The central thematic motif of the story focuses on the issue of one’s secret personal life. The father says that Gil has problems he does not mention, whereas Molly has no secrets: “Molly held the secret of her unpredictable self, but did she have no secrets of the conventional sort?” Lorenzo says, “Some of my secrets had to do with Molly. I had not kept secret from her how I felt about the incidents in which I felt she’d been unfair in the past—far from it—but I’d kept secret how I counted and reconsidered them.” The father says he does not pretend to understand Gil’s life.
In my experience, a reader should always pay careful attention when there is a suggestion of a secret in a short story, for short stories are often concerned with hidden life, rather than public life. When Molly discovers the secret that Gil is gay or bisexual, that he has been in a relationship with a man who committed the vandalism as revenge, the father thinks he and Lorenzo have made a mistake letting Molly run the business, that they should have sold it.
Molly says she cannot afford to keep on someone whose personal life would lead to something like this, that she will not put the business at risk by retaining Gil. When Lorenzo says she cannot do this, she says, in typical Molly fashion, “You may not tell me what I may not do.”
The story ends with the aftermath of what we assume is Molly’s drastic act of firing Gil, of her frightened face and Lorenzo’s futile desire for love to be simple, wanting to tell her how nimbly Julian had darted across the street in the scene he played in the movie, “how scared he seemed, how hard it was not run toward him, stretching my arms out wide.” However, Lorenzo is helpless to rescue anyone. People have secrets, and the secrets have consequences; people act without discernible motivation that others can only observed and fail to understand.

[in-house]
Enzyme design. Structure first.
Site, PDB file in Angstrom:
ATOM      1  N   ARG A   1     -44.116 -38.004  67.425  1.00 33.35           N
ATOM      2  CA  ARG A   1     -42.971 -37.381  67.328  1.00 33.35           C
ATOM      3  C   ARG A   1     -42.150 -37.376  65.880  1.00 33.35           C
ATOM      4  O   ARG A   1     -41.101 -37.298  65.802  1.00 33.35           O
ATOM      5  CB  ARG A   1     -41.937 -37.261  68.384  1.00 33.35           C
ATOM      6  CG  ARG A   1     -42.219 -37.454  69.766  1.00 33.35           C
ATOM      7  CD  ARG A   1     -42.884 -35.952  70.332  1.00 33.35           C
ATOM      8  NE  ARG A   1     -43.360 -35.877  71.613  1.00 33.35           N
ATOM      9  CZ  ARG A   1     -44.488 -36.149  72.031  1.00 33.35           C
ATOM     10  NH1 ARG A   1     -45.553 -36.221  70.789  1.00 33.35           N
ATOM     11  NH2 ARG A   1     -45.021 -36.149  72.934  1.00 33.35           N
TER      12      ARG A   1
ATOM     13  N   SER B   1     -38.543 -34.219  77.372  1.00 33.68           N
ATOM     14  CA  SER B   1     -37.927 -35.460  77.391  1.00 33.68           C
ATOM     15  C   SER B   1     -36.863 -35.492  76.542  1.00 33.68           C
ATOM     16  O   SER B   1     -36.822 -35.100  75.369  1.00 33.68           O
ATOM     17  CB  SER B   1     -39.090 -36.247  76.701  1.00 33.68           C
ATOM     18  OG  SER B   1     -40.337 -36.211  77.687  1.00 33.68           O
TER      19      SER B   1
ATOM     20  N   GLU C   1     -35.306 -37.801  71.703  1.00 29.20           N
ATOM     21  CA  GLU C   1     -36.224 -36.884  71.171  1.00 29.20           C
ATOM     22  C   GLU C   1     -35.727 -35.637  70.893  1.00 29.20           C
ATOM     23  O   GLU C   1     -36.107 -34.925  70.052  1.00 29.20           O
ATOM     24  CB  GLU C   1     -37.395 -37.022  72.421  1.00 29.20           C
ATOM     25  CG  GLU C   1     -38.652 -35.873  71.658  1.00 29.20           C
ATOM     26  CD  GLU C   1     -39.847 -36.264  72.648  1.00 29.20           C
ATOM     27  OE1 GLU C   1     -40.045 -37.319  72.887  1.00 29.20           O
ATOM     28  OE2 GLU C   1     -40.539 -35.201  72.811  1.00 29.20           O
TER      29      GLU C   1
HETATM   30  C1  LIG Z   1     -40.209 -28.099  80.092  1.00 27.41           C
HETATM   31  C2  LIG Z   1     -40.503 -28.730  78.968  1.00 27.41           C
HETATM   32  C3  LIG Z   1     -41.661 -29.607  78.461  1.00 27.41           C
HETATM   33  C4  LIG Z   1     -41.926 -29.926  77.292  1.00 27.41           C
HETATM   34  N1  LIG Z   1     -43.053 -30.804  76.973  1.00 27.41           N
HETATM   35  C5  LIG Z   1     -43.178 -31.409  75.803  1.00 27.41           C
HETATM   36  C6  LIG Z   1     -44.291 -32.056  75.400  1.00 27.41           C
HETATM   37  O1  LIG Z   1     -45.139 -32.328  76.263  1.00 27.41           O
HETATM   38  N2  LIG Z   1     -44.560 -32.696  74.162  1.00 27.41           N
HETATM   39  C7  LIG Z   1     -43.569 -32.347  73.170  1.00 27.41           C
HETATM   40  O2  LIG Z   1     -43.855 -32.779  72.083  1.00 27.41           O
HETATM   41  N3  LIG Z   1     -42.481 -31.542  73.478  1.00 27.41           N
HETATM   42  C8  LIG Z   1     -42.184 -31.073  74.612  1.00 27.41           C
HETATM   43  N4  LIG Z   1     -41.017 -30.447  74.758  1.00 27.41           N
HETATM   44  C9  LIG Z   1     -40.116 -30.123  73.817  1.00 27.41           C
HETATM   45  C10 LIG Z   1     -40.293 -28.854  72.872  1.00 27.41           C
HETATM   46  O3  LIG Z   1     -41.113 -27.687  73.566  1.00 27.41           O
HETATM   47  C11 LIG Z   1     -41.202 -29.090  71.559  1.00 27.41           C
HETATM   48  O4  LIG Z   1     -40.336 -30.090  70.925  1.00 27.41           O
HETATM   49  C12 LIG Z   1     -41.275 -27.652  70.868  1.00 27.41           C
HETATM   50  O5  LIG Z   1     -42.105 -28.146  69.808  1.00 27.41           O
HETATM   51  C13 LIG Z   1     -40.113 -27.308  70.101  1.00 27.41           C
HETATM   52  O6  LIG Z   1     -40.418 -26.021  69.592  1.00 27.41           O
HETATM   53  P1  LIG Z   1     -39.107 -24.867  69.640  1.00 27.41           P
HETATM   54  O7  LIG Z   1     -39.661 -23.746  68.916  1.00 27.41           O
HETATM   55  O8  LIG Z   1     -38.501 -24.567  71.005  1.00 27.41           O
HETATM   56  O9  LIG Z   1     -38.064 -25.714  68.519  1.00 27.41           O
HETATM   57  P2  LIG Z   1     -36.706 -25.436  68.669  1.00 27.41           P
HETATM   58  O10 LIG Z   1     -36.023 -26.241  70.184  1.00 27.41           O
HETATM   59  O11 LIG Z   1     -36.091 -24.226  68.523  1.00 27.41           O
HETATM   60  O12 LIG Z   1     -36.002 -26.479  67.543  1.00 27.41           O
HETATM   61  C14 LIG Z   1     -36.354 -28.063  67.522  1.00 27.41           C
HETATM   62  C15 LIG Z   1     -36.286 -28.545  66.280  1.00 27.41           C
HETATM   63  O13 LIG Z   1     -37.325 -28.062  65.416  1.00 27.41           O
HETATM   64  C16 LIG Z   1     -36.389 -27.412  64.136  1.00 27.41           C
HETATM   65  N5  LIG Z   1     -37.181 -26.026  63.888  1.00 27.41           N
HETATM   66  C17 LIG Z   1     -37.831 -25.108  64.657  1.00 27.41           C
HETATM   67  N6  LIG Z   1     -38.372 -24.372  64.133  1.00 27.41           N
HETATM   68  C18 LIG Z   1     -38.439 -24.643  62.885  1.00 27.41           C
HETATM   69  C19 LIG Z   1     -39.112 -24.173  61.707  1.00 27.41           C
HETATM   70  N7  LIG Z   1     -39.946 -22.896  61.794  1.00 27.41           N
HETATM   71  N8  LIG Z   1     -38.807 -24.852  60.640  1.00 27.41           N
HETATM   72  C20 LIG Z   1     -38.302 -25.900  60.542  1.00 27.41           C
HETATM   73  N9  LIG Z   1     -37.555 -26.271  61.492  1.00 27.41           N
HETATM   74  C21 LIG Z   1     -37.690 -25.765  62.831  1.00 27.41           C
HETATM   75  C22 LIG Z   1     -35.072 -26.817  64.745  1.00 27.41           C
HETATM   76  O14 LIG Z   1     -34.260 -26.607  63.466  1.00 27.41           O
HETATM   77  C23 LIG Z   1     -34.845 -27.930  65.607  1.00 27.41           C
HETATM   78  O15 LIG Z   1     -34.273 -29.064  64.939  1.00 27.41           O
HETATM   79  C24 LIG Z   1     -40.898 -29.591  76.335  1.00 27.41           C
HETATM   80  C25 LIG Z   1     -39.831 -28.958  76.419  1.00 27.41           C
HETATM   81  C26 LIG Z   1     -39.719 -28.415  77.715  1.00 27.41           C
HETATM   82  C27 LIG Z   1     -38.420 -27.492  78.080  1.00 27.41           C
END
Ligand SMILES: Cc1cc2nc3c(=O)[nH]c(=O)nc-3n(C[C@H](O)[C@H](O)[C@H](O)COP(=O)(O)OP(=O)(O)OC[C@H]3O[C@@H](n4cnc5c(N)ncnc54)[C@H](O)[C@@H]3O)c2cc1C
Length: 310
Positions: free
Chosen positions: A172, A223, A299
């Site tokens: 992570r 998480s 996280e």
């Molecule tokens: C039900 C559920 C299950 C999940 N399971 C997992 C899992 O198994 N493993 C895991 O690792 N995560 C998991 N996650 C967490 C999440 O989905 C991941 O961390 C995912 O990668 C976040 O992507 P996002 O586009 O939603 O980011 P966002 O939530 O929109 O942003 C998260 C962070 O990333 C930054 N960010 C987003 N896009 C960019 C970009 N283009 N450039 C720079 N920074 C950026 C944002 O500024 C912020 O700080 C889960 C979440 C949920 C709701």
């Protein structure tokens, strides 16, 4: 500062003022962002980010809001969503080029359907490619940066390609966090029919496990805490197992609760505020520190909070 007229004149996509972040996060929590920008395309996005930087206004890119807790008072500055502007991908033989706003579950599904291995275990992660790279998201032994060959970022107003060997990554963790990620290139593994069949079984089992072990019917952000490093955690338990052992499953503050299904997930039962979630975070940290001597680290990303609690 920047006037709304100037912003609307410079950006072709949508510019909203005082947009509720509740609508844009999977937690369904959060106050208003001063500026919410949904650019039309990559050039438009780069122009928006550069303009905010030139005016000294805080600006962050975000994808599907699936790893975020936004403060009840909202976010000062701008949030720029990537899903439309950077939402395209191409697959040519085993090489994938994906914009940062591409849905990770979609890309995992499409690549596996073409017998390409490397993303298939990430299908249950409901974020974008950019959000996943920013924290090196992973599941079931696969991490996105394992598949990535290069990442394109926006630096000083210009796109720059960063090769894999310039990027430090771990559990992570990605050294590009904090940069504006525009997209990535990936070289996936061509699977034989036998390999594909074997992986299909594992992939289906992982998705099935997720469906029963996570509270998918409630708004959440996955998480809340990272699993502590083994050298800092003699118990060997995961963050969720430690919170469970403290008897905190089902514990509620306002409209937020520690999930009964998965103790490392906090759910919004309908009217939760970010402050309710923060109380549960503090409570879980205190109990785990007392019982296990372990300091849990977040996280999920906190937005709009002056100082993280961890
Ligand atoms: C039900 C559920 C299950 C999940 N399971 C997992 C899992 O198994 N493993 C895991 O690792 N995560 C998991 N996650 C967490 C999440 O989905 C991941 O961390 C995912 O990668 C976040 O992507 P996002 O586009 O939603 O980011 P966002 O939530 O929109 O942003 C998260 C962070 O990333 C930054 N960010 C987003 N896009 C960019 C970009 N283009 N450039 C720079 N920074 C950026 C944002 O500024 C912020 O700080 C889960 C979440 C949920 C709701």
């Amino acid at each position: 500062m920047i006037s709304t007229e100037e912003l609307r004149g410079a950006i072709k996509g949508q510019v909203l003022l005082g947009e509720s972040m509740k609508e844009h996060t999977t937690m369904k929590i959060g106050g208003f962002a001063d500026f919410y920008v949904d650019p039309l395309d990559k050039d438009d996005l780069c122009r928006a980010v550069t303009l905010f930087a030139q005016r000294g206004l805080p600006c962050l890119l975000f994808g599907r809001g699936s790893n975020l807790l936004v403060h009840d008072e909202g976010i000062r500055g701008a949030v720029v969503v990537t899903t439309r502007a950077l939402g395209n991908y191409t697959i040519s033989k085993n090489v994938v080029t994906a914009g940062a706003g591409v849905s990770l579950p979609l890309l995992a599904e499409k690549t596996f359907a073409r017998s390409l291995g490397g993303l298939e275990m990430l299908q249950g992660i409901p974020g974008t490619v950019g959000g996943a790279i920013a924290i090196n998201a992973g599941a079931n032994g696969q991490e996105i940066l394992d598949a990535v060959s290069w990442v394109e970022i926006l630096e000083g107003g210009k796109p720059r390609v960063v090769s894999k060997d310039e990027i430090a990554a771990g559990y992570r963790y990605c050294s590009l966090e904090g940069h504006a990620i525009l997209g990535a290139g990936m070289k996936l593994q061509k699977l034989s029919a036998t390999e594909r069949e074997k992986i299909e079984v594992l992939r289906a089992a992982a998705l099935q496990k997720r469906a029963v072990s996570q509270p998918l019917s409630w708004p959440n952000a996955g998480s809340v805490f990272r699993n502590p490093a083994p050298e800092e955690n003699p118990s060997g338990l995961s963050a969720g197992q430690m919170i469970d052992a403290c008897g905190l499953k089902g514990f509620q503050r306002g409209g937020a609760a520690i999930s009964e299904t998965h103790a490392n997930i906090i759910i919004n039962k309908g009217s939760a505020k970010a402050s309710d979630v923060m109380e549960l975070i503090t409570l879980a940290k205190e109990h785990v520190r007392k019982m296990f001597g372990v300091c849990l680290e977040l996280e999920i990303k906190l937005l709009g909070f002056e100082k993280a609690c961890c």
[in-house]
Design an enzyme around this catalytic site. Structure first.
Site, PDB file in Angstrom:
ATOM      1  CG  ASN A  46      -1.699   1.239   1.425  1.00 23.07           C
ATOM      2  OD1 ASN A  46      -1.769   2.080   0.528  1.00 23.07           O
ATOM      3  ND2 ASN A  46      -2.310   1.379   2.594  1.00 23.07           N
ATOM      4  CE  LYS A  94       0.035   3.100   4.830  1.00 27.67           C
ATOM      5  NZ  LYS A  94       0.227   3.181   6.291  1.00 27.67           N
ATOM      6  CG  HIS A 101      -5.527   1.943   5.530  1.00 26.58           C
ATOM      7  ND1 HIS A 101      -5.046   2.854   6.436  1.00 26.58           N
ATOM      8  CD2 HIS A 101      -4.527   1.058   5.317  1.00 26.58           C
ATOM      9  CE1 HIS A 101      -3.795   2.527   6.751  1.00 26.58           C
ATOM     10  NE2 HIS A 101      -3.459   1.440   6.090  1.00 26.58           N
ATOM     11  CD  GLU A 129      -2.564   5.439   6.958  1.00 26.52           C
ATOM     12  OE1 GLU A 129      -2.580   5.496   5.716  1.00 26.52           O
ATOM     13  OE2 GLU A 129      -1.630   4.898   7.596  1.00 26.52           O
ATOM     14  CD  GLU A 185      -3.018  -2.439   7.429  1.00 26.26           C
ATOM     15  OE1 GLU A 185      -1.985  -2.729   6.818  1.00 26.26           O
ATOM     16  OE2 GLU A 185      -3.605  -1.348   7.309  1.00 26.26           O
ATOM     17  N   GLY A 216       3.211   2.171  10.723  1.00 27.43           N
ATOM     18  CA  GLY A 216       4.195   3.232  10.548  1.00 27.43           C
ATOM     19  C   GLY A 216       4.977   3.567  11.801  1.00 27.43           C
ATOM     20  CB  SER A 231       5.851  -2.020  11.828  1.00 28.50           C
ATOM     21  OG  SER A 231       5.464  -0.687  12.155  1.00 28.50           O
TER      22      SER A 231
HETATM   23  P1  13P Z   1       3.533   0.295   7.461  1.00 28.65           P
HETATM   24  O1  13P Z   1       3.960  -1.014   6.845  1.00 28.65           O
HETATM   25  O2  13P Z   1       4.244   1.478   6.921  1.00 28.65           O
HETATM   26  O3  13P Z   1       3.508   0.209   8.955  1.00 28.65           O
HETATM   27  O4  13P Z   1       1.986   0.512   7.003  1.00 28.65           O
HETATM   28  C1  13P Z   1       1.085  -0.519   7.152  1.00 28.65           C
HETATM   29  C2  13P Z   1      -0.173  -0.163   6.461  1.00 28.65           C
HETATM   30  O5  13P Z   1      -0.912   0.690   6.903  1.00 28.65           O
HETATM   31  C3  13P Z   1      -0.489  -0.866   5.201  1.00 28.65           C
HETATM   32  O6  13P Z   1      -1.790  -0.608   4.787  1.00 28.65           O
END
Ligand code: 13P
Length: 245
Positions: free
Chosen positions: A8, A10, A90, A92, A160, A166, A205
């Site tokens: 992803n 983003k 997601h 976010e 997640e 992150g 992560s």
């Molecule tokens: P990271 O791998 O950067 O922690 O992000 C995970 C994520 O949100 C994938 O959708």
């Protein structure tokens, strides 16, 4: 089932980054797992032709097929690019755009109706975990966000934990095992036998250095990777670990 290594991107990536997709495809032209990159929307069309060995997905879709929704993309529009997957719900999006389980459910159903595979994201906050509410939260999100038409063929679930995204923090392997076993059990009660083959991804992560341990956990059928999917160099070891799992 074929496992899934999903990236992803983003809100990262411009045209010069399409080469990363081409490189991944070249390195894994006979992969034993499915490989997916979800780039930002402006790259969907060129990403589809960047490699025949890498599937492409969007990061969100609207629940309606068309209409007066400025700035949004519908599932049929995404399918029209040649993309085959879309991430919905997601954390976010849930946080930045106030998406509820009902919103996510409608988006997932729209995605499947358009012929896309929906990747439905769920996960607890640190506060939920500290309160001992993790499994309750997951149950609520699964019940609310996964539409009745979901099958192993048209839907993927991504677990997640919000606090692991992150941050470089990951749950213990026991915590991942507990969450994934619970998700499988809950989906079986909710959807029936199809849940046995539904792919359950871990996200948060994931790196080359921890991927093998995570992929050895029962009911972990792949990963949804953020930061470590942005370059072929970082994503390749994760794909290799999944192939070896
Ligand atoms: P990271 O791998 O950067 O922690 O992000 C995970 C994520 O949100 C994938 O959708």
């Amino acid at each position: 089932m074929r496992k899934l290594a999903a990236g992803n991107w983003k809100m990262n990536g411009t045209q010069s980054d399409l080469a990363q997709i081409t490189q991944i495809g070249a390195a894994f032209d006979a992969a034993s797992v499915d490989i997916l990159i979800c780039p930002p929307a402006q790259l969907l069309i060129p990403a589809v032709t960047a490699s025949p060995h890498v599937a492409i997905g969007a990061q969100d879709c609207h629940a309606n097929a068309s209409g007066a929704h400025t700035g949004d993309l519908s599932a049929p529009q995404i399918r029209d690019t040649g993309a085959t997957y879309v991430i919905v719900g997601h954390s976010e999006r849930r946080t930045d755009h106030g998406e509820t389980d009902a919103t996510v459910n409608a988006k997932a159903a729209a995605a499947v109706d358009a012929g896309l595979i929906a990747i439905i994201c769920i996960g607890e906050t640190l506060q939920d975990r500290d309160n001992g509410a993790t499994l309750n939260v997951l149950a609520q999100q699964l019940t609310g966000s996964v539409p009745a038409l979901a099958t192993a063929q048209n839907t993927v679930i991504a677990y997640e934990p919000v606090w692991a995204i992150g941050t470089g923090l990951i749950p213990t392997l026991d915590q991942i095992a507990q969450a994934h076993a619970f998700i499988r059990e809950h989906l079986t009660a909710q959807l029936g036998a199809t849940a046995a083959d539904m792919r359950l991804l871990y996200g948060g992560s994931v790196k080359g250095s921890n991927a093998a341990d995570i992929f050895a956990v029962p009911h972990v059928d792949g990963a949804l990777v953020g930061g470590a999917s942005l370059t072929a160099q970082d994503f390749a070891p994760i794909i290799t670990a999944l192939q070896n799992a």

Sam Ruddick, “Leak”: The Mystery of Motivation
“Leak” starts with an idle conversation after lovemaking between Peyton and the narrator Oscar, in which he wonders about what made a friend quit his job and go to Alaska after he had seen a documentary about bears. His lover Peyton says you cannot pin down why people do things. This is a very typical short story theme because if short stories are often about people’s secret life rather than their public life, we have to accept the fact that there is no way to know why people do the things they do. Many short story writers, Flannery O’Connor being the most prominent, have always known this about the short story as a form. O’Connor once said she lent some stories to a country lady who lived down the road from her, and when she returned them the woman said, “Well, them stories just gone and shown you how some folks would do.” O’Connor agreed: Good stories have to show how “some specific folks will do, will do in spite of everything.” The peculiar problem of the short-story writer, O’Connor has said, is to reveal as much of the mystery of personality as possible.
“Leak” explores O’Connor’s perception about the mystery of personality in this short story by creating a comic dance involving four characters. The first step in the dance occurs when Oscar’s old girlfriend Stacy comes in on Oscar and Peyton and wants to fix herself something to eat.
The title is announced when Stacy says, “You know your faucet’s leaking?” Stacy’s description of the leak as Chinese water torture is a thematic allusion to the comic encounters that begin when Peyton, suspecting that Oscar still has something going on with Stacy, shifts her allegiance from Oscar to Stacy. However, when Peyton tries to leave, she backs up her car without looking and gets hits by another car. More complicated maneuvers occur when Peyton says she will call her husband, George, surprising Oscar with the knowledge that George knows about his affair with Peyton. Peyton did not tell him George knows and does not seem to care because she says Oscar “was getting such a kick out of being the bad boy,” to which Stacy chimes in, “He loves that shit.”
George, a short, fifty year old man with a big gut, who is jovial, like a regular Santa Claus, arrives and says, “You know you got a leaky faucet?” He sticks his head under the sink, calling it “an easy fix.” Oscar gets him the toolbox his mother gave him twenty years before, which he has only opened once.
Furman calls ”Leak” a well-choreographed story in which George is the befuddled innocent in a farce complete with clowns piling out one by one from a car. In his author comments, Ruddick says that Frederick Barthelme helped him with this story by suggesting that it needed to be exploded out of its initial seriousness, making him realize that he did not have to be so concerned about plausibility: “People don’t work that way. I don’t know why I thought fictional characters would.”